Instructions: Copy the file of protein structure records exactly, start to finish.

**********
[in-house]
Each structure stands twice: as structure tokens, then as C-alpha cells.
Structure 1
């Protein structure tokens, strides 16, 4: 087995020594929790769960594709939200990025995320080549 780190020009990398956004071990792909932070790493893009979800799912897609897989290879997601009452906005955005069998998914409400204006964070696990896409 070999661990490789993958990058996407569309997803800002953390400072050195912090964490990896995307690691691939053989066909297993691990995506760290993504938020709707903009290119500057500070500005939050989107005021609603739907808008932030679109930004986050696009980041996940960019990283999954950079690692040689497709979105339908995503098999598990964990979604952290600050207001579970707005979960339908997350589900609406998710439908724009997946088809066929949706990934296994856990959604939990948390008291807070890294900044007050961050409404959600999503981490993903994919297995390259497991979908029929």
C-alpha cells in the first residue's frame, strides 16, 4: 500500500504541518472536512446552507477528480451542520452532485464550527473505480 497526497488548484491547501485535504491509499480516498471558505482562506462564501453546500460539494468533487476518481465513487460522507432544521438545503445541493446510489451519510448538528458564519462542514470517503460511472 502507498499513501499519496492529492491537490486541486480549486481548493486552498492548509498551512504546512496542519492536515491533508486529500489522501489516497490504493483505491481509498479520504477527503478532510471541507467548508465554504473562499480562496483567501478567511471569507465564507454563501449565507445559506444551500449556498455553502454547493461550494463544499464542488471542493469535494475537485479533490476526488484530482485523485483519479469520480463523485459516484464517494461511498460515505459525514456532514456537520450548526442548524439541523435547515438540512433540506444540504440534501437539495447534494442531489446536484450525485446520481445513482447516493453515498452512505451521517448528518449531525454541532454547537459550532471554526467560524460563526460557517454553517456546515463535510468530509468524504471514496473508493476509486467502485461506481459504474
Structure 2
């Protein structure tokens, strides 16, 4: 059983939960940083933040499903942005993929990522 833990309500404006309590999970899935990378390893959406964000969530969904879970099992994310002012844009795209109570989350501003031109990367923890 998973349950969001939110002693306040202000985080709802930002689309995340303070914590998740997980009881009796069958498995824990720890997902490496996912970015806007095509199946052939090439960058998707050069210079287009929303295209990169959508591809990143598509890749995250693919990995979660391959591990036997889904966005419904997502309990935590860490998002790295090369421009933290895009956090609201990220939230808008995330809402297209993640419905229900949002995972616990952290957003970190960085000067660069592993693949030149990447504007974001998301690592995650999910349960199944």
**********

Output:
[in-house]
Each structure stands twice: as structure tokens, then as C-alpha cells.
Structure 1
């Protein structure tokens, strides 16, 4: 087995020594929790769960594709939200990025995320080549 780190020009990398956004071990792909932070790493893009979800799912897609897989290879997601009452906005955005069998998914409400204006964070696990896409 070999661990490789993958990058996407569309997803800002953390400072050195912090964490990896995307690691691939053989066909297993691990995506760290993504938020709707903009290119500057500070500005939050989107005021609603739907808008932030679109930004986050696009980041996940960019990283999954950079690692040689497709979105339908995503098999598990964990979604952290600050207001579970707005979960339908997350589900609406998710439908724009997946088809066929949706990934296994856990959604939990948390008291807070890294900044007050961050409404959600999503981490993903994919297995390259497991979908029929």
C-alpha cells in the first residue's frame, strides 16, 4: 500500500504541518472536512446552507477528480451542520452532485464550527473505480 497526497488548484491547501485535504491509499480516498471558505482562506462564501453546500460539494468533487476518481465513487460522507432544521438545503445541493446510489451519510448538528458564519462542514470517503460511472 502507498499513501499519496492529492491537490486541486480549486481548493486552498492548509498551512504546512496542519492536515491533508486529500489522501489516497490504493483505491481509498479520504477527503478532510471541507467548508465554504473562499480562496483567501478567511471569507465564507454563501449565507445559506444551500449556498455553502454547493461550494463544499464542488471542493469535494475537485479533490476526488484530482485523485483519479469520480463523485459516484464517494461511498460515505459525514456532514456537520450548526442548524439541523435547515438540512433540506444540504440534501437539495447534494442531489446536484450525485446520481445513482447516493453515498452512505451521517448528518449531525454541532454547537459550532471554526467560524460563526460557517454553517456546515463535510468530509468524504471514496473508493476509486467502485461506481459504474
Structure 2
């Protein structure tokens, strides 16, 4: 059983939960940083933040499903942005993929990522 833990309500404006309590999970899935990378390893959406964000969530969904879970099992994310002012844009795209109570989350501003031109990367923890 998973349950969001939110002693306040202000985080709802930002689309995340303070914590998740997980009881009796069958498995824990720890997902490496996912970015806007095509199946052939090439960058998707050069210079287009929303295209990169959508591809990143598509890749995250693919990995979660391959591990036997889904966005419904997502309990935590860490998002790295090369421009933290895009956090609201990220939230808008995330809402297209993640419905229900949002995972616990952290957003970190960085000067660069592993693949030149990447504007974001998301690592995650999910349960199944």